The human smile is a powerful thing. To elevate mood, inspire empathy, or calm a fast-beating heart, you don’t need a gleaming row of perfect pearly whites. One YouTube baby-laugh video is enough to demonstrate that even an entirely toothless smile is a wonder-worker.
Researchers who study the effects of human smiles know that the Duchenne smile is among the most influential of human expressions.
A Duchenne smile is the one that reaches your eyes, making the corners wrinkle up with crow’s feet. It’s the smile most of us recognize as the most authentic expression of happiness.
Non-Duchenne smiles shouldn’t necessarily be considered “fake,” however. A more accurate way of describing them might be “polite.”
Polite smiles can communicate social pleasantness, and they can even signal discreet
A Duchenne smile is produced by the joint action of two facial muscles. The zygomaticus major muscle lifts the corners of your mouth while the orbicularis oculi raises your cheeks, causing the subsequent laugh lines at the outside corners of your eyes.
This kind of smile is named for
Charles Darwin discussed the Duchenne smile, noting, as many
Duchenne developed an early biopsy device he called a “histological harpoon,” as well as an electrical device that stimulated contractions of muscles so he could study their movements.
He conducted some of his experiments on mental health patients and on the severed heads of executed criminals.
They can elevate your mood
Smiling has been shown to change how you actually feel. Studies in the field of facial feedback show that information from the muscles in your face can influence your emotional state.
But what about the Duchenne smile? Does it have particular power over emotion?
They can help us connect
Neurobiologist Peggy Mason
When one person — in homeroom, in a Zumba class, or in a virtual meeting between remotely working colleagues — looks at another and smiles, a brief bond is formed. In a world where digital social interactions may mean more loneliness, that real-life, real-time human connection has power.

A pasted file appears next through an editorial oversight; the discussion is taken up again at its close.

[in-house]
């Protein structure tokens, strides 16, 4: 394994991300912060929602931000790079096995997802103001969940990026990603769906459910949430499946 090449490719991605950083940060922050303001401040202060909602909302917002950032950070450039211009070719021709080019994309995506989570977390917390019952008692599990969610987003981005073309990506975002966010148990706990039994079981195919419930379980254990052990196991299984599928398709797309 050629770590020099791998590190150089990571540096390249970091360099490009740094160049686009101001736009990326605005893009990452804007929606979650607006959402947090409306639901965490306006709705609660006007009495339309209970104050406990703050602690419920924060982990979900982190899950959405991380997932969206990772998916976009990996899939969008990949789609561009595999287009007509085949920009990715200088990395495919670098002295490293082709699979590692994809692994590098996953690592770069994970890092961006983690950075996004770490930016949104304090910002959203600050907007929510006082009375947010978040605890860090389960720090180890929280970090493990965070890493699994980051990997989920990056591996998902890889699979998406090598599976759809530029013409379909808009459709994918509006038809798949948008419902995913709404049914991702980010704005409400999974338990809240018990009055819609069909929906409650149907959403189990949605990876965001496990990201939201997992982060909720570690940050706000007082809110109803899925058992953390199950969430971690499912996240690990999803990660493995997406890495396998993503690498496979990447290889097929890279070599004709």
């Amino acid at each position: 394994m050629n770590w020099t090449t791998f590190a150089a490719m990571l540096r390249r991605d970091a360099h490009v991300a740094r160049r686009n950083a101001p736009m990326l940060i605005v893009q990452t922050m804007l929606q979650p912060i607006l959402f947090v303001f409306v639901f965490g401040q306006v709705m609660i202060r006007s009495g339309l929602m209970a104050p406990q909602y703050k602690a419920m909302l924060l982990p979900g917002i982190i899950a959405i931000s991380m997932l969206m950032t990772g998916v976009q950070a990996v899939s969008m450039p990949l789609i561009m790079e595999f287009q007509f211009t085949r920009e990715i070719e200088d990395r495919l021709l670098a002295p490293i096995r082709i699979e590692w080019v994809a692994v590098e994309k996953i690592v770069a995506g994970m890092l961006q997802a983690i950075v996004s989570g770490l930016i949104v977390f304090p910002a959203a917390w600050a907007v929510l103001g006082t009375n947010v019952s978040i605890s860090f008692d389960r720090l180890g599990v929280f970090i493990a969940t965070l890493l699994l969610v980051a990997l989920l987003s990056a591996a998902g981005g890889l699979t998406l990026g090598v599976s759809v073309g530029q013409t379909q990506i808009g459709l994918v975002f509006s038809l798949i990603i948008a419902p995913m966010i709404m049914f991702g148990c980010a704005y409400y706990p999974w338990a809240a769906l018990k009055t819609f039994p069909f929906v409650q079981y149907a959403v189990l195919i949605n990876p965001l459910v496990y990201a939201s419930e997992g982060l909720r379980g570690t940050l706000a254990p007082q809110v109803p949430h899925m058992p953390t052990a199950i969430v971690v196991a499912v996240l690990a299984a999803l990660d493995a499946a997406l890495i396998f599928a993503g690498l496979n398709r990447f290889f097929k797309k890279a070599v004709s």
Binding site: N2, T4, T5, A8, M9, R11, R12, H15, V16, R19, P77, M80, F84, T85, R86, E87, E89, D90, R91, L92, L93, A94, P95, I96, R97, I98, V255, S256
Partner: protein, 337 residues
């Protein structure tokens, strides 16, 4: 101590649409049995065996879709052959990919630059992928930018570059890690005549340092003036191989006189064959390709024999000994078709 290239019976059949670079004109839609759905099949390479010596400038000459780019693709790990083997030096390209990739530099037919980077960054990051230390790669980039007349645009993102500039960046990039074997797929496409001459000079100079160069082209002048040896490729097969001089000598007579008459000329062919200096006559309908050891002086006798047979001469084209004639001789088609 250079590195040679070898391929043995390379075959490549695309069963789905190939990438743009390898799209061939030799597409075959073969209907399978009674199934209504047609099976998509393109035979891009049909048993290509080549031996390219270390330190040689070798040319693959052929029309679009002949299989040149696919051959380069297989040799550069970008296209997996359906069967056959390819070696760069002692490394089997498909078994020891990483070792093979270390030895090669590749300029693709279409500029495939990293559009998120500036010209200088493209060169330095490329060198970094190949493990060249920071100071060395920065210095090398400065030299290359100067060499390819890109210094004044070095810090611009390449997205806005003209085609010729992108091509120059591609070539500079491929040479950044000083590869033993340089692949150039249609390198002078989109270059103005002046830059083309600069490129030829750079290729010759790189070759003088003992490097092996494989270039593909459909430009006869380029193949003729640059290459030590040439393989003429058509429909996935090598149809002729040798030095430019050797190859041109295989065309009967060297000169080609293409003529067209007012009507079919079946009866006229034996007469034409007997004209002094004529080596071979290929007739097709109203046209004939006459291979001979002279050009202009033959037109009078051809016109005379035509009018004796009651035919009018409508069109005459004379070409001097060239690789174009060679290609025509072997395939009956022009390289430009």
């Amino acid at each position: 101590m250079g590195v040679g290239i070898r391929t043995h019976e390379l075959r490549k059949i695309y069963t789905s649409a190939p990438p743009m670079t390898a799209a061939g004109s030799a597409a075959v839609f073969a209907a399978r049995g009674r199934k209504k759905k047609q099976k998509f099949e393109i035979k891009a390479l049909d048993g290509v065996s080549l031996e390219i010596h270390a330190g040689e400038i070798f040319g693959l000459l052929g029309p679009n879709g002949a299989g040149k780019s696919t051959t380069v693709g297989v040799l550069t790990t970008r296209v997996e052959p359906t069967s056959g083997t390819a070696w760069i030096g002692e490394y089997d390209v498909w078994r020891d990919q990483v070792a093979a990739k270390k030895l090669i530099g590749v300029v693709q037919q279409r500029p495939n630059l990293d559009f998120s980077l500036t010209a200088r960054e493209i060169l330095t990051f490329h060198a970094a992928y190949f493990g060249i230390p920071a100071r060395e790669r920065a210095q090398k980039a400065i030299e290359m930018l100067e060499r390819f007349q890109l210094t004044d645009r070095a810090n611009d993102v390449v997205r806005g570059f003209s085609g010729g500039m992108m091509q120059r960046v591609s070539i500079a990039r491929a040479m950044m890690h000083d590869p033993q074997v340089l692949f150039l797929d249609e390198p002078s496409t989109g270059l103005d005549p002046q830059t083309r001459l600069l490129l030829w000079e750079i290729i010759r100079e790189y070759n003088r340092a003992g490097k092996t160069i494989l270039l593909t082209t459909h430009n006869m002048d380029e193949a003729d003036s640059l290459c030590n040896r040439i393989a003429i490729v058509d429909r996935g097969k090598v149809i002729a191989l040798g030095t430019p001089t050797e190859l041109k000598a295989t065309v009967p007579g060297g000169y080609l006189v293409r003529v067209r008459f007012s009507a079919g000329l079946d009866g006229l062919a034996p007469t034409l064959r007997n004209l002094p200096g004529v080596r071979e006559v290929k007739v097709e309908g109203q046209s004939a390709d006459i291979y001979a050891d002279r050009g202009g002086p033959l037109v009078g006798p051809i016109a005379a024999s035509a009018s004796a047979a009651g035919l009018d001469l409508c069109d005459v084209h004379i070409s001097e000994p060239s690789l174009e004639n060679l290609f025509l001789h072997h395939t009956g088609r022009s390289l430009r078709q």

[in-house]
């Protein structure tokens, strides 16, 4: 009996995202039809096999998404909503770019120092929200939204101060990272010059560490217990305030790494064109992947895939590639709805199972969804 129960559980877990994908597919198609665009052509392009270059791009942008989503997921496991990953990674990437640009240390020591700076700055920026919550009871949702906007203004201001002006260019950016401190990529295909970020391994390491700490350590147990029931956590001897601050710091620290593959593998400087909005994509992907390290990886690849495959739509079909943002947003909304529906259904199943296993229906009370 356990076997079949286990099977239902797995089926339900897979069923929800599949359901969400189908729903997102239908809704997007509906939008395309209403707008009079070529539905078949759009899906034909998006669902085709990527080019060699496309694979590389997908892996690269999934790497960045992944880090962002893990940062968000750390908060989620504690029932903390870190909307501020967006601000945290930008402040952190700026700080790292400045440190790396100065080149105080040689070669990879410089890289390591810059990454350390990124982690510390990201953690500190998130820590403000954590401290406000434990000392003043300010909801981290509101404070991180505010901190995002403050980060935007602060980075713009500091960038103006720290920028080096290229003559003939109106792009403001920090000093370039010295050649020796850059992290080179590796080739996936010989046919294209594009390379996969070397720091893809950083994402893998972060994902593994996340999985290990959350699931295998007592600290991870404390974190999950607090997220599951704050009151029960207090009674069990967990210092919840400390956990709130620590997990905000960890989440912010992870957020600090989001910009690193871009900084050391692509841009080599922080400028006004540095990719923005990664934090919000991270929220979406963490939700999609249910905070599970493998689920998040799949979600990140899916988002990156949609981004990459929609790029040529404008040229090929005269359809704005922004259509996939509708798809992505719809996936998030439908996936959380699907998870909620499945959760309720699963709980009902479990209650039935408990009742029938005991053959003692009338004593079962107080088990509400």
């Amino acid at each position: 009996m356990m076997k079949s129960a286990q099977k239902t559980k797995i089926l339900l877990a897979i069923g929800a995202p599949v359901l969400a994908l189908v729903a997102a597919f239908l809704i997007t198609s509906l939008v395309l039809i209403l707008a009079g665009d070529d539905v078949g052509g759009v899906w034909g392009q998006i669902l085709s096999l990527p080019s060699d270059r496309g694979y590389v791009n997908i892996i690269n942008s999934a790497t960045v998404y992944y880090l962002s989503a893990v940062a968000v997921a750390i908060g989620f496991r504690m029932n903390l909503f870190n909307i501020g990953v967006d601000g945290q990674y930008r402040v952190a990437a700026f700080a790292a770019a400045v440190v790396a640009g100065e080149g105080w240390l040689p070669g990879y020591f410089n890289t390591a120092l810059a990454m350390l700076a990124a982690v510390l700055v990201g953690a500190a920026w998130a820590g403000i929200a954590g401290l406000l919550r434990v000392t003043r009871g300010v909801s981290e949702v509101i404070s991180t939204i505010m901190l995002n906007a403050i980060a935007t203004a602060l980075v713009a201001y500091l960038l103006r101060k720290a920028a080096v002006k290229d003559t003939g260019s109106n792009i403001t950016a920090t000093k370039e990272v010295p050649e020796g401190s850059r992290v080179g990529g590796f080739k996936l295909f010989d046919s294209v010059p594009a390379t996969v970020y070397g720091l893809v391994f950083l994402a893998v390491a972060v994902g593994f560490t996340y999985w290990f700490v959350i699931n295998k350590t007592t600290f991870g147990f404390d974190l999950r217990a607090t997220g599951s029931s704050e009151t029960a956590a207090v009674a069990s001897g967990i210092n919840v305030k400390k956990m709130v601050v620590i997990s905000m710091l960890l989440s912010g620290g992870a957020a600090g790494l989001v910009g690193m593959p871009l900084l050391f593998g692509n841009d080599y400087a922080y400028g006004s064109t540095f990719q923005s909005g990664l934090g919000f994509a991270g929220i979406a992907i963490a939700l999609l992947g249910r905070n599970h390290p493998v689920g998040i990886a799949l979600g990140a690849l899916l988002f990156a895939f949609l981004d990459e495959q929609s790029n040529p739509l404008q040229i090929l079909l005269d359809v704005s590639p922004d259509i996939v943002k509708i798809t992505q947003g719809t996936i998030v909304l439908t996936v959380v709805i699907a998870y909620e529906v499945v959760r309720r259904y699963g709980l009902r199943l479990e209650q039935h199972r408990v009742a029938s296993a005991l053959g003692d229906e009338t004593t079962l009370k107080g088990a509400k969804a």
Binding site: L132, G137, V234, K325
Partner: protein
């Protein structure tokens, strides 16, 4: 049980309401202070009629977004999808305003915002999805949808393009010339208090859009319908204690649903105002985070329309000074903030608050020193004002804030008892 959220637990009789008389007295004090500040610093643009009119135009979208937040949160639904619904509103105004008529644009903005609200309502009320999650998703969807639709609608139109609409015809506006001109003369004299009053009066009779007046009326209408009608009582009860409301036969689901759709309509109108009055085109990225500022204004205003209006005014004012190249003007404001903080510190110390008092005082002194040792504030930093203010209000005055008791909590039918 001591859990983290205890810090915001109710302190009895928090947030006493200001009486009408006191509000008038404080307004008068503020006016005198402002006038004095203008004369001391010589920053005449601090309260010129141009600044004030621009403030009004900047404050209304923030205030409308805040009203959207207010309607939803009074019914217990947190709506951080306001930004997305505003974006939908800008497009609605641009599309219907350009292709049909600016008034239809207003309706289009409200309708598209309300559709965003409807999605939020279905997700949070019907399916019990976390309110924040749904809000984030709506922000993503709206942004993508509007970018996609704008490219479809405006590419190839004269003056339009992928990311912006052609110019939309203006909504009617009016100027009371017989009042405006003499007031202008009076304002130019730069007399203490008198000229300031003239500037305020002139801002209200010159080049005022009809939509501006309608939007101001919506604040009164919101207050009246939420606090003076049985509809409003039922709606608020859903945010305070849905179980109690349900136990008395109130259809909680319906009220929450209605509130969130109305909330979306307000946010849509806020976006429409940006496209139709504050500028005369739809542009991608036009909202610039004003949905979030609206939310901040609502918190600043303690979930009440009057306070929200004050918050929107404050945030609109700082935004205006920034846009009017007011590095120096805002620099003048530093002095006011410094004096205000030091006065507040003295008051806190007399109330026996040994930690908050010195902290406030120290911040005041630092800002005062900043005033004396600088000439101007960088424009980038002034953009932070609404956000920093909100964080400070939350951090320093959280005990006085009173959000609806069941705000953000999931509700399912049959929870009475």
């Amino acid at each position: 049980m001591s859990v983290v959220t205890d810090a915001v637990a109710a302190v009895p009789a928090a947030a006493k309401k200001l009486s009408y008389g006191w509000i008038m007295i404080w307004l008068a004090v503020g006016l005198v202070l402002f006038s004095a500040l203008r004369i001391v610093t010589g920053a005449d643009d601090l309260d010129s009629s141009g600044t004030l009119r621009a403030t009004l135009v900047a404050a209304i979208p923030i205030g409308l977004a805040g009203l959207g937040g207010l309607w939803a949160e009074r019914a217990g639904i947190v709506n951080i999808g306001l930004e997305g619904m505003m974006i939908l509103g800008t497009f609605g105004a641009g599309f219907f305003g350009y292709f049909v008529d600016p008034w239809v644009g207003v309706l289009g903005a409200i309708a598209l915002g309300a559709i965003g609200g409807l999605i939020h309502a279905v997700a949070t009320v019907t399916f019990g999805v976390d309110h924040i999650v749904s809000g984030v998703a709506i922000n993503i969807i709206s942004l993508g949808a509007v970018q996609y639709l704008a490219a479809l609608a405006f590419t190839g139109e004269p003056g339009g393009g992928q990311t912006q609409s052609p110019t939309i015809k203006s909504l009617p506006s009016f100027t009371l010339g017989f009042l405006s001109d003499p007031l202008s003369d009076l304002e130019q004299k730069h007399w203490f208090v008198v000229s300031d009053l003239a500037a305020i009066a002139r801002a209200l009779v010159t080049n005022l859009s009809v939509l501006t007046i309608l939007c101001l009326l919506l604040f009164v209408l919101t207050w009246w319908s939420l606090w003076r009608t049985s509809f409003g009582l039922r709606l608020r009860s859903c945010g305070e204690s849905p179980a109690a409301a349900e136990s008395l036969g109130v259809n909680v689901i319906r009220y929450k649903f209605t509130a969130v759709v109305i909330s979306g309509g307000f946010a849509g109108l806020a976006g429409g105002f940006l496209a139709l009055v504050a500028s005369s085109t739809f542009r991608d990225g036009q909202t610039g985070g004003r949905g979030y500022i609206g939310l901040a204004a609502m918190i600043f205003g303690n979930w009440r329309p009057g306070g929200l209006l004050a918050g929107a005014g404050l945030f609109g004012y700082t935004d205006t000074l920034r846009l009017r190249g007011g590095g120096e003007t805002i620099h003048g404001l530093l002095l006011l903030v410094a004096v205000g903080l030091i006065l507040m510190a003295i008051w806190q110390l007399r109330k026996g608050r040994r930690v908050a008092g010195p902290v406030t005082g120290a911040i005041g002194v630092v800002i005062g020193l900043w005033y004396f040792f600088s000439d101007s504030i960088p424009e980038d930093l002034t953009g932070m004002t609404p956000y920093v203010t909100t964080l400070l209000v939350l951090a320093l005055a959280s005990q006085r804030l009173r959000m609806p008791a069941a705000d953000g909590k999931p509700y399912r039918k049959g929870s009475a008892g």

They can change your body’s stress response
A 2012 group of
They found that heart rates among the smiling group stayed the lowest during stress recovery, with the calmest hearts being participants who had Duchenne smiles.
The study’s authors concluded that, “there are both physiological and psychological benefits from maintaining positive facial expressions during stress.”
They shape how others see you
Studies also show that a Duchenne smile is quite persuasive. In fact, Duchenne smiles are often associated with positive customer service experiences, and they may even get you better tips in service industry jobs.
Scientists used to believe it was impossible to fake a Duchenne smile, but we now know otherwise. Some super-skilled communicators can produce a Duchenne smile intentionally.
And if you can produce a genuine smile as a matter of intent, maybe you should start practicing. Beloved Zen master and peace activist Thich Nhat Hanh once observed, “Your joy can be the source of your smile, but sometimes, your smile can be the source of your joy.”
The Duchenne smile is an expression that signals true enjoyment. It occurs when the zygomaticus major muscle lifts the corners of your mouth at the same time the orbicularis oculi muscles lift your cheeks and crinkle your eyes at the corners.
This kind of smile influences how other people see you: Duchenne smiles make you seem trustworthy and generous, which may make people respond positively to you in a variety of settings.
Smiling with your eyes and your mouth can lift your mood, calm you down, and help you forge connections with other people. And yes, you can create a Duchenne smile intentionally, to influence your own body and mind or to influence other people’s impressions.